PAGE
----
Airport gets a plant upgrade

Graef was commissioned in 1999 to design a new parking structure for General Mitchell International Airport in Milwaukee, but found the best location was on top of the existing chilled water and hot water power plant.


General Mitchell International Airport (GMIA) experienced a tremendous increase in the number of air travelers during the late 1990s. Although there were plans for additional ticketing, baggage, and departure facilities, the real need in 1999 was for a parking structure.

The airport hired Graef-USA to design the new structure and identify the most cost-effective client friendly site. After multiple attempts to locate the parking structure without disturbing possible future concourse locations, a site was located. Unfortunately, it was right on top of the existing chilled water (CHW) and hot water power plant. Using this as an opportunity to upgrade the plant’s efficiency, reduce operating costs, and plan for future expansion, GMIA moved forward with a new plant design located about ¼ mile from the existing plant. This presented several challenges, such as matching new state-of-the-art heating and cooling systems with existing distribution systems in the concourse areas.

Graef relied on a previous master plan and study of the existing mechanical systems. The study identified flow deficiencies, along with corrective actions in both the power plant and the airport facility. This data defined current and future needs, along with system diversity factors that helped reengineer the piping distribution system.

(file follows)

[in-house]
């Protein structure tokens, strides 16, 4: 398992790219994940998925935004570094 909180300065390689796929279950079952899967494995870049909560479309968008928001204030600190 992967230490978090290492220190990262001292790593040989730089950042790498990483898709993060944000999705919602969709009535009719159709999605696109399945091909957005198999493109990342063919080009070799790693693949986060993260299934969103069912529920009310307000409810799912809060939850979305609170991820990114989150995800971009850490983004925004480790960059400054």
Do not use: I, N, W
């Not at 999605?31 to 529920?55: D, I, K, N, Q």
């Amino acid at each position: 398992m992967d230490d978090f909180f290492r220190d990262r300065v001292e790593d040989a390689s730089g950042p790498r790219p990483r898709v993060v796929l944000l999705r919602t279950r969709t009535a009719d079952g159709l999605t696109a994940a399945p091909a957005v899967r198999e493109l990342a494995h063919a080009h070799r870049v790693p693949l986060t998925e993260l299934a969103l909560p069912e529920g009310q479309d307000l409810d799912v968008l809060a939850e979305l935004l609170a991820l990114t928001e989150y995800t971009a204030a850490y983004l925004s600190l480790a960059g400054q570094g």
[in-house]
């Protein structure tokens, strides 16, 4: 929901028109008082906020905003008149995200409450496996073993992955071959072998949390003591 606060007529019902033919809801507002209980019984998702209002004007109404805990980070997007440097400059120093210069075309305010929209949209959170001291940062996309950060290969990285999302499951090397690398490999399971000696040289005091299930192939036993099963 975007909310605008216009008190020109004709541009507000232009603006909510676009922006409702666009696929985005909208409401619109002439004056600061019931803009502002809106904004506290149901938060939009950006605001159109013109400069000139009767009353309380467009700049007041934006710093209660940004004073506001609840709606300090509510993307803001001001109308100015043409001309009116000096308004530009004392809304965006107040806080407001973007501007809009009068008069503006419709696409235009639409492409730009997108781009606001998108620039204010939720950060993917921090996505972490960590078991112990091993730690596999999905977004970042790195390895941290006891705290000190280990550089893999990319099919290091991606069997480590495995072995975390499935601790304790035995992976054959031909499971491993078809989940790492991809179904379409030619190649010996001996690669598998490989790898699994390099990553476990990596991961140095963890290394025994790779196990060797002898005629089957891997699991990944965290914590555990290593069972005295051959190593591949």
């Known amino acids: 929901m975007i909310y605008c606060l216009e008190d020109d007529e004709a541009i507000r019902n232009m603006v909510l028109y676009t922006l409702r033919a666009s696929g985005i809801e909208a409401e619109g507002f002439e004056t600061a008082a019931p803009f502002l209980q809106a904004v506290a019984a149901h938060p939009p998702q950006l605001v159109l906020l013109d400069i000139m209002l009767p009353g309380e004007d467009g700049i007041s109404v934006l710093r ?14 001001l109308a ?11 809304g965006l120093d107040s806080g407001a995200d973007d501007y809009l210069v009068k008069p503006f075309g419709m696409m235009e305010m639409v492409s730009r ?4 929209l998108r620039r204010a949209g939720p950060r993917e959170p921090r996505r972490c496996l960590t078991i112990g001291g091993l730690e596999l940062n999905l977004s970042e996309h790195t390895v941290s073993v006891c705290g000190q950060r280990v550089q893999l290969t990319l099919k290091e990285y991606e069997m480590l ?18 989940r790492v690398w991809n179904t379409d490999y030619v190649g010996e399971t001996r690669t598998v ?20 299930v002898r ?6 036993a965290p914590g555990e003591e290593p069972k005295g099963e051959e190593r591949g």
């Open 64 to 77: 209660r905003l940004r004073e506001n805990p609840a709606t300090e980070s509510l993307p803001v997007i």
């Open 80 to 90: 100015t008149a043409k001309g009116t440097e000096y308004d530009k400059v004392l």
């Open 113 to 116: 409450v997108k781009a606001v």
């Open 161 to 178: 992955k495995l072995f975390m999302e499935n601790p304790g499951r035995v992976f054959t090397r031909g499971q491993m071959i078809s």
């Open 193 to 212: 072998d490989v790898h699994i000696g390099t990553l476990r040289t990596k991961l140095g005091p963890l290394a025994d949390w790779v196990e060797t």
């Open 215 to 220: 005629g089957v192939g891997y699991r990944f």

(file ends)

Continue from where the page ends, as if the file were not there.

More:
The new plant was commissioned in 2001. It consists of four 500-ton centrifugal chillers and three 15,000 MBH hot water boilers. The hot water, CHW, and condenser water systems incorporate primary variable flow pumping strategies. The plant was designed to accommodate two additional 500-ton chillers and one additional 15,000 MBH boiler.

The tertiary pumping systems within the airport terminal building were removed, which equated to approximately 500 hp of pumps and motors. The distribution piping was reconfigured and the appropriate flow control sensors were installed.

Operating costs after one year of operation showed an annual cost savings of approximately $250,000. The plant is poised to efficiently accept the challenges of the next facility expansion—whenever it occurs.

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